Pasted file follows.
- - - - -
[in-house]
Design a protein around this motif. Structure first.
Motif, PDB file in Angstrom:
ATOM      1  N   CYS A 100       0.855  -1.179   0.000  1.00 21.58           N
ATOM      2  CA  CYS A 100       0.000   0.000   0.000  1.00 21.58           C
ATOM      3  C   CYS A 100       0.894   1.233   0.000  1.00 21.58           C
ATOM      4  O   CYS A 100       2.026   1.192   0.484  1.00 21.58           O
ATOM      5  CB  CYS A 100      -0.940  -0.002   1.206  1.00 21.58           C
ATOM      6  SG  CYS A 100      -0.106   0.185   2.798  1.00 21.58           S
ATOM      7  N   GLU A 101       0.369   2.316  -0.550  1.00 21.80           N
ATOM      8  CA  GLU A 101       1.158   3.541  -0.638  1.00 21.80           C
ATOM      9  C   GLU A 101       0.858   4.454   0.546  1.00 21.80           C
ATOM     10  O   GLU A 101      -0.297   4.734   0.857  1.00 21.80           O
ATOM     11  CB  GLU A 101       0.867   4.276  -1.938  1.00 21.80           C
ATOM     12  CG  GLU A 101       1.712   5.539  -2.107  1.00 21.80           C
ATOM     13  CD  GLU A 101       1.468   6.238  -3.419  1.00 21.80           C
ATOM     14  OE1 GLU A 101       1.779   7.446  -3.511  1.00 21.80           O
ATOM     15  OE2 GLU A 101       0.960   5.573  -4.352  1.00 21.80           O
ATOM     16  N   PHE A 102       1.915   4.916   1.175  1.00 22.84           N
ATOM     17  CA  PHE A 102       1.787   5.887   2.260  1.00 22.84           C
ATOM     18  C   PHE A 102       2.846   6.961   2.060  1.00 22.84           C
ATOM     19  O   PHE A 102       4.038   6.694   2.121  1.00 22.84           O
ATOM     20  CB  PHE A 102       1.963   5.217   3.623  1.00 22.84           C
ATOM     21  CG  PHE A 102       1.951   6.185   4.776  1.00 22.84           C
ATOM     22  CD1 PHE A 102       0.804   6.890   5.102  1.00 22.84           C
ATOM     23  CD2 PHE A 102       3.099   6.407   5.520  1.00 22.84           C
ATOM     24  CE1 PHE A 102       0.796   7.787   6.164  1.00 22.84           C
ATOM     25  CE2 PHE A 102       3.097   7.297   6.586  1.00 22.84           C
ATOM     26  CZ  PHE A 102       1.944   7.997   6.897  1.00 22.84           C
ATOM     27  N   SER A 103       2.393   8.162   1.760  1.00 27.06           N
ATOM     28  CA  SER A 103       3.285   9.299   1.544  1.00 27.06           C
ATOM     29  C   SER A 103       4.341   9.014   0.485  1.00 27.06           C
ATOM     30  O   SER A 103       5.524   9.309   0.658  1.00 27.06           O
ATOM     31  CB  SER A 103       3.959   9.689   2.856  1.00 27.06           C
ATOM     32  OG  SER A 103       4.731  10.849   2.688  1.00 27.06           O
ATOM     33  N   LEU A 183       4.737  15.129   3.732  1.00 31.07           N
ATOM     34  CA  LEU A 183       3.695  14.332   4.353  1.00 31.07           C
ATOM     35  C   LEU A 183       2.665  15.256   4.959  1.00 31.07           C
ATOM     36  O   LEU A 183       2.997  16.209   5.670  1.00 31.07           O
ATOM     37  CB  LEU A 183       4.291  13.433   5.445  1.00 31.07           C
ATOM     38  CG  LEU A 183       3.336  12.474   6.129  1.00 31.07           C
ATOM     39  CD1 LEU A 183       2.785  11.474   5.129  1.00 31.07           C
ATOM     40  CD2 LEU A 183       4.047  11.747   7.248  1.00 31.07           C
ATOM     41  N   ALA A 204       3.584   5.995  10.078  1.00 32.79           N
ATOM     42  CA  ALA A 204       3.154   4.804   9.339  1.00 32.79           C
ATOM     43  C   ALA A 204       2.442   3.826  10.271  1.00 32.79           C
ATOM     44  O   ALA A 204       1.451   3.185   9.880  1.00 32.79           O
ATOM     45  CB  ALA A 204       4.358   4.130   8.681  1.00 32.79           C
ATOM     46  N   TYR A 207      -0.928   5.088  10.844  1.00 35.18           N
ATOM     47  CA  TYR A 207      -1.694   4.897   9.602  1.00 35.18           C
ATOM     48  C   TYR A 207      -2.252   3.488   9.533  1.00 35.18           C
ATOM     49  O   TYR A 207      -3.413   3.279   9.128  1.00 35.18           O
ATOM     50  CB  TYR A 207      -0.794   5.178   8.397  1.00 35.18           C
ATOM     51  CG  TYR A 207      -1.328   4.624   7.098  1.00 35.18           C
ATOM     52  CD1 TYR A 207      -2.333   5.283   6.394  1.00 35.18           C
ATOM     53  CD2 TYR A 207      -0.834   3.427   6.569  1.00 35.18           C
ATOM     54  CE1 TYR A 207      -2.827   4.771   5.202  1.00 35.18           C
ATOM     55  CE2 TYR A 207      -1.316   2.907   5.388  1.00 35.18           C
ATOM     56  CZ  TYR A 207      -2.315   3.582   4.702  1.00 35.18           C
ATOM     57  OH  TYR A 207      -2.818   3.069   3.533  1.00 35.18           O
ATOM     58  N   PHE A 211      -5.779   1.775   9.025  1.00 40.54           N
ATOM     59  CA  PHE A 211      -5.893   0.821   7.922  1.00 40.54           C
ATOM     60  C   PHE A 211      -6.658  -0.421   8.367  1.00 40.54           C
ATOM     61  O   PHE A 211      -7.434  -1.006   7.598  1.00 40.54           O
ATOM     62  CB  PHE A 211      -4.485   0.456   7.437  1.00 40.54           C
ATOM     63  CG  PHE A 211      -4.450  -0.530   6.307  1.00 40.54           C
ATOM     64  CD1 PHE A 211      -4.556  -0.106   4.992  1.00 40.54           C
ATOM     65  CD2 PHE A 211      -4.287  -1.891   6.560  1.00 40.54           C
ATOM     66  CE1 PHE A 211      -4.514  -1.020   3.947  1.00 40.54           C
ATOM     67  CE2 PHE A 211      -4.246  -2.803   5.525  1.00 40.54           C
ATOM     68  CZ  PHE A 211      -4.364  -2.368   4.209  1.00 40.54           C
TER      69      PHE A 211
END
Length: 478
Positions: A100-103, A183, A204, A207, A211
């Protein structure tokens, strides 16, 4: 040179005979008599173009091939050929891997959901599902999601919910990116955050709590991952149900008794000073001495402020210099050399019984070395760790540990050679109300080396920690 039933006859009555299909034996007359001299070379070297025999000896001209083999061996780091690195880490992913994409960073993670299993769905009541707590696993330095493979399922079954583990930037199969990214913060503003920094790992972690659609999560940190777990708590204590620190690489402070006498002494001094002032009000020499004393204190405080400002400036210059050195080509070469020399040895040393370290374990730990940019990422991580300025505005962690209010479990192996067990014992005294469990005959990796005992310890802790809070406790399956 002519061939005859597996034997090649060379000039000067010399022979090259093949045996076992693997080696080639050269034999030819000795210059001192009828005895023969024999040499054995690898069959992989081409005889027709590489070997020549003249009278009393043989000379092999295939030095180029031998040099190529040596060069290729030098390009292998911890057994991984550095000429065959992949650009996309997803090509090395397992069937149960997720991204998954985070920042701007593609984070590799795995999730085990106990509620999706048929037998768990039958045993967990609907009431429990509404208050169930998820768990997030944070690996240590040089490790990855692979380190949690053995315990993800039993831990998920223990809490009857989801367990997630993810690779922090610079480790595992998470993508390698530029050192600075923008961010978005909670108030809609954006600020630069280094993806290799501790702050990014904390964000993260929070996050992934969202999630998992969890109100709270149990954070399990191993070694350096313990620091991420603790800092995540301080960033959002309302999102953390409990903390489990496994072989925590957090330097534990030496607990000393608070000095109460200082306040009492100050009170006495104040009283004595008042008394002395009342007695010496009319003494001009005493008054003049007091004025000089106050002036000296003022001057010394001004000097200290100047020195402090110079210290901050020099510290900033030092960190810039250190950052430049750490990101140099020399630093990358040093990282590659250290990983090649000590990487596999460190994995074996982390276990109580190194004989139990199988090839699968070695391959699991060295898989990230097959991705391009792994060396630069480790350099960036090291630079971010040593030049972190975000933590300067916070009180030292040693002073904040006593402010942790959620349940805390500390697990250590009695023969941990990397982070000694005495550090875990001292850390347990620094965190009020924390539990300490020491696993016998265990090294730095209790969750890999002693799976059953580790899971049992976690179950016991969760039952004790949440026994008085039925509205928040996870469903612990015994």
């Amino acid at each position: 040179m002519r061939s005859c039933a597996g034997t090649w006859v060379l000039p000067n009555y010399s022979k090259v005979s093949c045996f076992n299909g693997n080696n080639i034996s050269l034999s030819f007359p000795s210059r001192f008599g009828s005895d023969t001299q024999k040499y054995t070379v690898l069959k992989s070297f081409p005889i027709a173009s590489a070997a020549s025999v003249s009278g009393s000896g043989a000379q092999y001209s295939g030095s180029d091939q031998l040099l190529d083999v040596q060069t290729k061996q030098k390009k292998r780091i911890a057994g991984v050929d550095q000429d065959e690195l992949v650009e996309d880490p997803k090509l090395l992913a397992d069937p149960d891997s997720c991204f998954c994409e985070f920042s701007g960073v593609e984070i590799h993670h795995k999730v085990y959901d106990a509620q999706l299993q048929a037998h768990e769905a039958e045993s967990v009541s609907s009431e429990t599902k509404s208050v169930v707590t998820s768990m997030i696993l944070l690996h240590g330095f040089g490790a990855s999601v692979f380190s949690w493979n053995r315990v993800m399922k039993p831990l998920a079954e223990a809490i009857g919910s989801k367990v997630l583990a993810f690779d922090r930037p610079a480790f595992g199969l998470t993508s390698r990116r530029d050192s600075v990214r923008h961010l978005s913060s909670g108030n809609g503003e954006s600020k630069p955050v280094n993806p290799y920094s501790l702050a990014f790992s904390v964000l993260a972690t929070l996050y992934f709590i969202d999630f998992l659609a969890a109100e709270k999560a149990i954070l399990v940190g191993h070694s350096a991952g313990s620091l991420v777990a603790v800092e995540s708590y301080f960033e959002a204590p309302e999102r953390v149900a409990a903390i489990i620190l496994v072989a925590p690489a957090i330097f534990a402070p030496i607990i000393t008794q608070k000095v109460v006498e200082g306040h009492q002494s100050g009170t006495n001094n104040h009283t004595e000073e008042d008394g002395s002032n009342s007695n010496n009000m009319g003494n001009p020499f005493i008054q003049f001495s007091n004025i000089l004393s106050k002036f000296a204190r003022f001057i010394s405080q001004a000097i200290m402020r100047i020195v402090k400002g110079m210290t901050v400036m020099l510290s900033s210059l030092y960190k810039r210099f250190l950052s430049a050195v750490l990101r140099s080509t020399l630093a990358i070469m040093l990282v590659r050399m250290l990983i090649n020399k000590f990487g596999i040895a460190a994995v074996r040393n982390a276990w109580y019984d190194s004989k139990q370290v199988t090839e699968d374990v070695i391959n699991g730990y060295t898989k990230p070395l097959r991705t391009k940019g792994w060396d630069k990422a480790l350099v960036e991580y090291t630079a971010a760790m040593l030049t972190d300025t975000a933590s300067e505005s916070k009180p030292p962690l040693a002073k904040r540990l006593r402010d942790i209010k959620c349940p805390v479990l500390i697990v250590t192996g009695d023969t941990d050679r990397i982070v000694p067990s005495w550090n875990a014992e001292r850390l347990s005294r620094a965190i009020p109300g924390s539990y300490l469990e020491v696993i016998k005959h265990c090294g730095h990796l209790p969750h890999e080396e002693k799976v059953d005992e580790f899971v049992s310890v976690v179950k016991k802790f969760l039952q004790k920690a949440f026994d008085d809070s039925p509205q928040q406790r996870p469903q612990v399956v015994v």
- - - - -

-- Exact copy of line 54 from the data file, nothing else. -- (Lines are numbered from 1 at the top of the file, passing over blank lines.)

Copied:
ATOM     51  CG  TYR A 207      -1.328   4.624   7.098  1.00 35.18           C